grassfed steaks!

February 16, 2012 at 4:27 pm Leave a comment

Last week’s meat share members were the lucky recipients of grassfed steaks and ground beef from a local farm.  In the next few days you’ll be able to access Farm Truck’s “Grassfed Meat Primer” complete with cooking suggestions, nutrition information and FAQs, but the fact is that steaks deserve special attention.  Why?  Because grassfed steak in particular is probably one of the most delicious cuts of meat and also the one that’s the easiest to screw up.  You’ve probably heard that grassfed beef is delicious and better for you.  You’ve probably also heard that it’s tough.  We won’t lie to you – grassfed beef, and especially grassfed steak, has to be handled differently than the beef you find in the supermarket.  If you try to cook it the same way, you may very well end up with a steak with the texture of shoe leather.  The good news is, it doesn’t have to be that way.

We’re not going to get into nutritional and environmental benefits here – that’s a discussion we delve into in the Grassfed Meat Primer.   What we want to do today is help you understand how to cook a kick-ass grassfed steak.

So, why is grassfed meat different?  We’ll try to keep it simple.  Cows that are “grassfed” eat only grass, hay and sometimes baleage (slightly fermented hay with a higher moisture content).  Cows’ stomachs are designed to process the stuff.  Most of the beef you find in the grocery store is from cows that are finished in feedlots and fed grain (primarily corn) which their stomachs are not designed to digest properly.  Grassfed cows have done a lot more walking around to eat all that grass.  Cows in a feedlot have mostly stood still.  You can put two and two together here: grassfed cows have led an active lifestyle and as a result have better developed muscles; feedlot cows are pudgy and their under-worked muscles are flaccid.  If you think of it in these terms, it makes sense that you’d need to cook the steaks differently.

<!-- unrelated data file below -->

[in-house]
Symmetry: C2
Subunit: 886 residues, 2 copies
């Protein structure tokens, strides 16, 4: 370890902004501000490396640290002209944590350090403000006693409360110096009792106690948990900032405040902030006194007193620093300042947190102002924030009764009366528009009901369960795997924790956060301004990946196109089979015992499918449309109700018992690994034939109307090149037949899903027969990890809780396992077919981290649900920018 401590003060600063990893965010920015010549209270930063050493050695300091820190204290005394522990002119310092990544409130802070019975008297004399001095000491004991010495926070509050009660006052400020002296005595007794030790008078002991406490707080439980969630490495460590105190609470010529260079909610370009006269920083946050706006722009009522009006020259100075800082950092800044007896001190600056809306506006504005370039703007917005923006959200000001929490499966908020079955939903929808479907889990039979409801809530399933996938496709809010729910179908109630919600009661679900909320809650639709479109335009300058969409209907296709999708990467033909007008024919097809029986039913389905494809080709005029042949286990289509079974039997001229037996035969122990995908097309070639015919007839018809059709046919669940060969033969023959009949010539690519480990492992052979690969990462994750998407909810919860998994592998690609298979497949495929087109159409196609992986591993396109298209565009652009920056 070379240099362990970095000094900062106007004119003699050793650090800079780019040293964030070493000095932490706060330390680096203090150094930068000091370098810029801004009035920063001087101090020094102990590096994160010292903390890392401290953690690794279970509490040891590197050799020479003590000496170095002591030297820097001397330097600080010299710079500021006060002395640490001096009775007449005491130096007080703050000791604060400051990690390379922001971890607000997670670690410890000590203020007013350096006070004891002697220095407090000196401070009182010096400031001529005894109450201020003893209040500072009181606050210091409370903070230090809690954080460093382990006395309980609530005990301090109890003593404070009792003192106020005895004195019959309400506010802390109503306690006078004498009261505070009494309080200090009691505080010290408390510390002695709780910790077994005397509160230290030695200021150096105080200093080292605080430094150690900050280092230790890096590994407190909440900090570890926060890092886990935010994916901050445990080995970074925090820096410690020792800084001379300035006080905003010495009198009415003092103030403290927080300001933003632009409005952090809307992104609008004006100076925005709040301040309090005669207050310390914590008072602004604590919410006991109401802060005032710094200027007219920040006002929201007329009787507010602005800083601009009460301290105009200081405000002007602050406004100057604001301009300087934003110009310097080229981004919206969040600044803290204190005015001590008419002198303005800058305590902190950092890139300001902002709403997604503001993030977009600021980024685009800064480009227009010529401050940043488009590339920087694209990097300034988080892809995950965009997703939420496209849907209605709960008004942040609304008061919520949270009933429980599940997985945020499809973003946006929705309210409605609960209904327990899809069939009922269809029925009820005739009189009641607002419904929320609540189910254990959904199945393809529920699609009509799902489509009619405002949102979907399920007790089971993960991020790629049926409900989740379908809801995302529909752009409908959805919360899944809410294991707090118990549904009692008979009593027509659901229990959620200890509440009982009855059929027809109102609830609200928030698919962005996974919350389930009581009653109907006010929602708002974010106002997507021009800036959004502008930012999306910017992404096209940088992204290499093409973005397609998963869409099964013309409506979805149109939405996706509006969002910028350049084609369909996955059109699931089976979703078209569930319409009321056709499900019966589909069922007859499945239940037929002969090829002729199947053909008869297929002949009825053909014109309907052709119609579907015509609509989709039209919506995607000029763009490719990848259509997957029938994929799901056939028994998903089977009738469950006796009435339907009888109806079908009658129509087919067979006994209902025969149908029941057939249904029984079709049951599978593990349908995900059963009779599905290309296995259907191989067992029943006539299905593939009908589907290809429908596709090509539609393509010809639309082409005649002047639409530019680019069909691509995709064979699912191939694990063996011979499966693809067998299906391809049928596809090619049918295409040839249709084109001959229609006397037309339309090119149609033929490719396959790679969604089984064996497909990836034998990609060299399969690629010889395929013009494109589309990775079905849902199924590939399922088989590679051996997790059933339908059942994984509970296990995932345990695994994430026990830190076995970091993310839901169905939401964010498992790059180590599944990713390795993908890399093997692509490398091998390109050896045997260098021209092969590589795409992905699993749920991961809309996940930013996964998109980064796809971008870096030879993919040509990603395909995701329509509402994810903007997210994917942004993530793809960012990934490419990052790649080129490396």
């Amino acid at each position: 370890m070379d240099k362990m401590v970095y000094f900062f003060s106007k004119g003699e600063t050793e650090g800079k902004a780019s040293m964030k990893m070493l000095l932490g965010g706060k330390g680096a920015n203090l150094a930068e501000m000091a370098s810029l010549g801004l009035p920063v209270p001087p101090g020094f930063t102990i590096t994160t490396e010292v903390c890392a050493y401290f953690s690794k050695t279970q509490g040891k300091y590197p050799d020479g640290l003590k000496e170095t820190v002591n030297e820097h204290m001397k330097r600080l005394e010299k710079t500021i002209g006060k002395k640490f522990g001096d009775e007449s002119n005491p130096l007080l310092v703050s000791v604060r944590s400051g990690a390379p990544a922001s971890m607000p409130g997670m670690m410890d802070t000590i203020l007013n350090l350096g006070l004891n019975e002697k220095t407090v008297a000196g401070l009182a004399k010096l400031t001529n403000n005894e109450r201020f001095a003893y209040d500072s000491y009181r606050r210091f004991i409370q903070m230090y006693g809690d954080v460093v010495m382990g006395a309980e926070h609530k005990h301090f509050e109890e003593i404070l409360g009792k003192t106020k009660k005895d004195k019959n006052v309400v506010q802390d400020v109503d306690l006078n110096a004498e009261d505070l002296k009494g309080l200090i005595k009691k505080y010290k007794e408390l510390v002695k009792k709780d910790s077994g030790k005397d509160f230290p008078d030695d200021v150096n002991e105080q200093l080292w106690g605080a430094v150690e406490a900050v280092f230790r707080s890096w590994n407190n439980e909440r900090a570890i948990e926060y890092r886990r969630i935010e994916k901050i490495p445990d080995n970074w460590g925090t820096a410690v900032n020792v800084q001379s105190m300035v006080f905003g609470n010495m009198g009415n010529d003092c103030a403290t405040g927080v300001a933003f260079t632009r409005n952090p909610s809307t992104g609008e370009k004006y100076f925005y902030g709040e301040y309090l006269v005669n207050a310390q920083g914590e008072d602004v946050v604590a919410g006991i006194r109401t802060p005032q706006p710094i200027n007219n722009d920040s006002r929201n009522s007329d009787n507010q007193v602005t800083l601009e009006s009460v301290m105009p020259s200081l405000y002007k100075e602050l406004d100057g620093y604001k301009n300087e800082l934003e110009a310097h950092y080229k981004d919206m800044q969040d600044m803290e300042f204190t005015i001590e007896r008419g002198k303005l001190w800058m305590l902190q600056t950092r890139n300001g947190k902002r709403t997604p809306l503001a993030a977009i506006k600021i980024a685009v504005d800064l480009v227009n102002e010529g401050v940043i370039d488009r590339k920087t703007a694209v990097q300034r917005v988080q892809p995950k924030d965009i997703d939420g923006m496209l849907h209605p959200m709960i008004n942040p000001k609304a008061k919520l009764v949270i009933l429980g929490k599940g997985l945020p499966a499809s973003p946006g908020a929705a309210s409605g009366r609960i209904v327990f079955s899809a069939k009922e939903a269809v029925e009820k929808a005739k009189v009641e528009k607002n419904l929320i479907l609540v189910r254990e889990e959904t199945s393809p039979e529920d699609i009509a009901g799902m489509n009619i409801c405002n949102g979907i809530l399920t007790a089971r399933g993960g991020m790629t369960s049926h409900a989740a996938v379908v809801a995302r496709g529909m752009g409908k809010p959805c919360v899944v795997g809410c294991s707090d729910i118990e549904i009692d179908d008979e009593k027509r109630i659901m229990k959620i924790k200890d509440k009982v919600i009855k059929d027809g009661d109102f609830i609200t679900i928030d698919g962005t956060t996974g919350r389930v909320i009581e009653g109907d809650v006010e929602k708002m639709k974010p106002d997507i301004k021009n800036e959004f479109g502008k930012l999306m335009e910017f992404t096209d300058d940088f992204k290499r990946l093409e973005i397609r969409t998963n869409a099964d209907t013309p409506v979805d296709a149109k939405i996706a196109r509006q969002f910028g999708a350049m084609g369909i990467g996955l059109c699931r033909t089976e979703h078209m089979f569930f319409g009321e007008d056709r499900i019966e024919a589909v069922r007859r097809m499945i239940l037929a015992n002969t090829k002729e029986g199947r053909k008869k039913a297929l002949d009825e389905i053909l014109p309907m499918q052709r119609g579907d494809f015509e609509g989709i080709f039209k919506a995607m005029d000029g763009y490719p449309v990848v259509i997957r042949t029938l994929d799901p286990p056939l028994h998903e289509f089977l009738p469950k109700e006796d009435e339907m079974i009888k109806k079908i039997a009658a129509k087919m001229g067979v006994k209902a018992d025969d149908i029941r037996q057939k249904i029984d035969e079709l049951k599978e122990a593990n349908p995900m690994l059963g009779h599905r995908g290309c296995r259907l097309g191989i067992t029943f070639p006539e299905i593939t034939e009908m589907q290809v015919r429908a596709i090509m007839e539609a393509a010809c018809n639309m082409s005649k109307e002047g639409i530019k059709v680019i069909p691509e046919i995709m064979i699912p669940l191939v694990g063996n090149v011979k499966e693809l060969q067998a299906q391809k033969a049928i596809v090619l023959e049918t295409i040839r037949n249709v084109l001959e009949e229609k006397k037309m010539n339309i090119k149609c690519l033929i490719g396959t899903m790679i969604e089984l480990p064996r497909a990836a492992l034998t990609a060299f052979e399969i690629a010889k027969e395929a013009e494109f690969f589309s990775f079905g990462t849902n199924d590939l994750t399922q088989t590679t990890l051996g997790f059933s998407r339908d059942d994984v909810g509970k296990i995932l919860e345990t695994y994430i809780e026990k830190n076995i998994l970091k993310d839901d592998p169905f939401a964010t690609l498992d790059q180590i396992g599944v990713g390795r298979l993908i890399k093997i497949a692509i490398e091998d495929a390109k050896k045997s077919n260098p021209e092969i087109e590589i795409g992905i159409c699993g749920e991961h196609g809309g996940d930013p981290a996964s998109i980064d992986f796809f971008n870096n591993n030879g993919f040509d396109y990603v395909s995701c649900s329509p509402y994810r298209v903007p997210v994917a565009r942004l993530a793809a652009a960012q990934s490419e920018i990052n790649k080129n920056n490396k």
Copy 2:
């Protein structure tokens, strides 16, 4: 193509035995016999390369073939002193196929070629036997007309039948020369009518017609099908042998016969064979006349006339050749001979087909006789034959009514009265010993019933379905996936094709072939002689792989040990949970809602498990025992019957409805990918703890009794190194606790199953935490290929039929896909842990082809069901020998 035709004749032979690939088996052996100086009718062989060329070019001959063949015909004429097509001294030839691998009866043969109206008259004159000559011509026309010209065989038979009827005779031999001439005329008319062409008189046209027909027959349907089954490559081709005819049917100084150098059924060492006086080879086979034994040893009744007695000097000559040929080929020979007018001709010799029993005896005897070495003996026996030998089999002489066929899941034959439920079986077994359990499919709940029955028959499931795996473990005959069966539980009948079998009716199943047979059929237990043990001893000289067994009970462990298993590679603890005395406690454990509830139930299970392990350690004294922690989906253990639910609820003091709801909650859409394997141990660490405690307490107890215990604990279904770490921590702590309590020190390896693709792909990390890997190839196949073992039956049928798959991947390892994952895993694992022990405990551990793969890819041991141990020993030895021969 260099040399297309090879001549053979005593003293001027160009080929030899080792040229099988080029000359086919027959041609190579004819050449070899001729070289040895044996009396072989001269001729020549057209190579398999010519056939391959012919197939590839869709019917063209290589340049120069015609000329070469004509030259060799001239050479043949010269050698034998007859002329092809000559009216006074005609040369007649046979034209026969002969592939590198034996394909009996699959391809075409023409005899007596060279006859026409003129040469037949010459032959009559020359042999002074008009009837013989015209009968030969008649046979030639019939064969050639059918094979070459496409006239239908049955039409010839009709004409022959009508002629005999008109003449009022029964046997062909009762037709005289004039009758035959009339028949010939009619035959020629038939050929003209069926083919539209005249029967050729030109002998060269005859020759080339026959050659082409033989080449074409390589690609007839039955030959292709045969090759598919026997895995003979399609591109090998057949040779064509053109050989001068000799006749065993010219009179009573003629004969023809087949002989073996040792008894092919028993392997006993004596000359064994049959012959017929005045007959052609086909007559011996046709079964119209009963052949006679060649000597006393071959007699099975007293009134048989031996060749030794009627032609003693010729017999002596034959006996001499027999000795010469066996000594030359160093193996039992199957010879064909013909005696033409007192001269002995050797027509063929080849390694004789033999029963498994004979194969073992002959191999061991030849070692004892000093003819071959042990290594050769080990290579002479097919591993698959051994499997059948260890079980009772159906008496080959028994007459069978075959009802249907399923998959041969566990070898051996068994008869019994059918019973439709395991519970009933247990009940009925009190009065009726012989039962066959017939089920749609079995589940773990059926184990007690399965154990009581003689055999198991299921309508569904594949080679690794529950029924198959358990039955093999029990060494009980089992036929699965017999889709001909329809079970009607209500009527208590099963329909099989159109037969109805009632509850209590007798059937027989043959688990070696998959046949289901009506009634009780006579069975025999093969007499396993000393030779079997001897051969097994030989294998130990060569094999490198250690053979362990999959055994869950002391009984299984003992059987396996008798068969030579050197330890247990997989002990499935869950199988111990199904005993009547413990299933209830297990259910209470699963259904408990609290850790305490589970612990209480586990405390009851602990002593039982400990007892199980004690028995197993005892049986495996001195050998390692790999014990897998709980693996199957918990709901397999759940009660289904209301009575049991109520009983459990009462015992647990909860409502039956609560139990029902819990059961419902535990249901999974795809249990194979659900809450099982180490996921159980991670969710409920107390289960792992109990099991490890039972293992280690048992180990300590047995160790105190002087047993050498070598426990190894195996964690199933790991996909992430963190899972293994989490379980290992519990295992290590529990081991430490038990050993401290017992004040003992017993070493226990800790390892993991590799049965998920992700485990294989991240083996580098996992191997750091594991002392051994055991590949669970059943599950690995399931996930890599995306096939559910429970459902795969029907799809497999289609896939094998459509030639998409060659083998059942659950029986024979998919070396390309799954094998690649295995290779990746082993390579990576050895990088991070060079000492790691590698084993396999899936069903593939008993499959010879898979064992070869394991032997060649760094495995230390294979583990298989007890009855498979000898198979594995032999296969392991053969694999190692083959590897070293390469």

Choosing grassfed meat does not mean you need to sacrifice tenderness, only that you need to pay attention, understand the differences and cook accordingly.  You can abuse a grainfed beef steak and still end up with something tender (and we think less flavorful).  You can not do this to a grassfed steak.

When it comes to grassfed meat, the expert is Shannon Hayes.  She has a farm in upstate New York where she raises cows, pigs, sheep, chickens and turkeys, all on pasture, and she has written two books on the subject: The Grassfed Gourmet Cookbook and The Farmer & The Grill (on grilling grassfed meats).   There’s no need to reinvent the wheel when someone else has perfected it and Shannon has published two excellent essays on her website on how to cook grassfed steaks properly:

Tender Grassfed Steak, Inside & Out  and Top 5 Grassfed Steak Mistakes

So give them a read and get cooking. We’re all in this together – we’ve cooked up some miserably tough steaks in our time and we want to help you avoid the same mistakes.  Let us know how it goes!

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Entry filed under: Featured Products, pastured meats.

In the Kitchen: Shallots free range farm truck at PechaKucha!

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